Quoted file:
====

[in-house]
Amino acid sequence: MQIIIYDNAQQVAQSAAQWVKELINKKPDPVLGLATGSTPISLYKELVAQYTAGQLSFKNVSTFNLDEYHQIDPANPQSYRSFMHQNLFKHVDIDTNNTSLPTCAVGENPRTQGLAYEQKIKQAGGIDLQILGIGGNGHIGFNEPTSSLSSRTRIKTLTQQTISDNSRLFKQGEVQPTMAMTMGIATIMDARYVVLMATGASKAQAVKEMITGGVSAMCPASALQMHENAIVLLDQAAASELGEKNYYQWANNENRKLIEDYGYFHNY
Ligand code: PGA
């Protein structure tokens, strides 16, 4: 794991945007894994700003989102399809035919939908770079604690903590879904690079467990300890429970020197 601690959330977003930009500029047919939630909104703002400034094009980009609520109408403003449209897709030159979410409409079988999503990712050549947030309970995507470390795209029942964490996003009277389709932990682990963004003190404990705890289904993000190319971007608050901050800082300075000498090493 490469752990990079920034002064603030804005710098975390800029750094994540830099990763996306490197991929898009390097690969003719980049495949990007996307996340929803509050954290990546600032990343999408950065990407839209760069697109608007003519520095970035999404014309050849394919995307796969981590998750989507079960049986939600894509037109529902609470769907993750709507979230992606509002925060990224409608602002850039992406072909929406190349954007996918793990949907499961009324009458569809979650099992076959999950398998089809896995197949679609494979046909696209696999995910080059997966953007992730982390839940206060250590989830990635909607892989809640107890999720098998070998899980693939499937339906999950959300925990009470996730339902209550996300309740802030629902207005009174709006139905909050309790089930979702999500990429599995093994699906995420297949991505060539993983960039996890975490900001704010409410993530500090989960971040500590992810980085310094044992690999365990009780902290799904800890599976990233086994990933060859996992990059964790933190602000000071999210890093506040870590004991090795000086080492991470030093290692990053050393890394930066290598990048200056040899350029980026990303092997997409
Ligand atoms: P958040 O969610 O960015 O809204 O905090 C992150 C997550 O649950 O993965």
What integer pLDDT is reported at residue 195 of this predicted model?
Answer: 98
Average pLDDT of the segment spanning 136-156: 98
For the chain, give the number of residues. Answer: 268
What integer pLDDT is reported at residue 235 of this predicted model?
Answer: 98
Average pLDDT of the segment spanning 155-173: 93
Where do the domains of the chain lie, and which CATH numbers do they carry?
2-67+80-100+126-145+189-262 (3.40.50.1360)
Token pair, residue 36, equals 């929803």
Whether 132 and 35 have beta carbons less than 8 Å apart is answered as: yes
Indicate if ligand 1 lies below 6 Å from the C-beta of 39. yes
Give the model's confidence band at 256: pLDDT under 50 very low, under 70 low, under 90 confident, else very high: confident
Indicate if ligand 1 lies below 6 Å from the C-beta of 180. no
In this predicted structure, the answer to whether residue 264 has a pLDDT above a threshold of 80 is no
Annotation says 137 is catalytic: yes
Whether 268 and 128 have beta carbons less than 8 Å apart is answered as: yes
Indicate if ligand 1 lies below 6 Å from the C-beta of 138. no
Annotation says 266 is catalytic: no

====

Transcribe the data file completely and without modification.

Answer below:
[in-house]
Amino acid sequence: MQIIIYDNAQQVAQSAAQWVKELINKKPDPVLGLATGSTPISLYKELVAQYTAGQLSFKNVSTFNLDEYHQIDPANPQSYRSFMHQNLFKHVDIDTNNTSLPTCAVGENPRTQGLAYEQKIKQAGGIDLQILGIGGNGHIGFNEPTSSLSSRTRIKTLTQQTISDNSRLFKQGEVQPTMAMTMGIATIMDARYVVLMATGASKAQAVKEMITGGVSAMCPASALQMHENAIVLLDQAAASELGEKNYYQWANNENRKLIEDYGYFHNY
Ligand code: PGA
């Protein structure tokens, strides 16, 4: 794991945007894994700003989102399809035919939908770079604690903590879904690079467990300890429970020197 601690959330977003930009500029047919939630909104703002400034094009980009609520109408403003449209897709030159979410409409079988999503990712050549947030309970995507470390795209029942964490996003009277389709932990682990963004003190404990705890289904993000190319971007608050901050800082300075000498090493 490469752990990079920034002064603030804005710098975390800029750094994540830099990763996306490197991929898009390097690969003719980049495949990007996307996340929803509050954290990546600032990343999408950065990407839209760069697109608007003519520095970035999404014309050849394919995307796969981590998750989507079960049986939600894509037109529902609470769907993750709507979230992606509002925060990224409608602002850039992406072909929406190349954007996918793990949907499961009324009458569809979650099992076959999950398998089809896995197949679609494979046909696209696999995910080059997966953007992730982390839940206060250590989830990635909607892989809640107890999720098998070998899980693939499937339906999950959300925990009470996730339902209550996300309740802030629902207005009174709006139905909050309790089930979702999500990429599995093994699906995420297949991505060539993983960039996890975490900001704010409410993530500090989960971040500590992810980085310094044992690999365990009780902290799904800890599976990233086994990933060859996992990059964790933190602000000071999210890093506040870590004991090795000086080492991470030093290692990053050393890394930066290598990048200056040899350029980026990303092997997409
Ligand atoms: P958040 O969610 O960015 O809204 O905090 C992150 C997550 O649950 O993965």
What integer pLDDT is reported at residue 195 of this predicted model?
Answer: 98
Average pLDDT of the segment spanning 136-156: 98
For the chain, give the number of residues. Answer: 268
What integer pLDDT is reported at residue 235 of this predicted model?
Answer: 98
Average pLDDT of the segment spanning 155-173: 93
Where do the domains of the chain lie, and which CATH numbers do they carry?
2-67+80-100+126-145+189-262 (3.40.50.1360)
Token pair, residue 36, equals 């929803």
Whether 132 and 35 have beta carbons less than 8 Å apart is answered as: yes
Indicate if ligand 1 lies below 6 Å from the C-beta of 39. yes
Give the model's confidence band at 256: pLDDT under 50 very low, under 70 low, under 90 confident, else very high: confident
Indicate if ligand 1 lies below 6 Å from the C-beta of 180. no
In this predicted structure, the answer to whether residue 264 has a pLDDT above a threshold of 80 is no
Annotation says 137 is catalytic: yes
Whether 268 and 128 have beta carbons less than 8 Å apart is answered as: yes
Indicate if ligand 1 lies below 6 Å from the C-beta of 138. no
Annotation says 266 is catalytic: no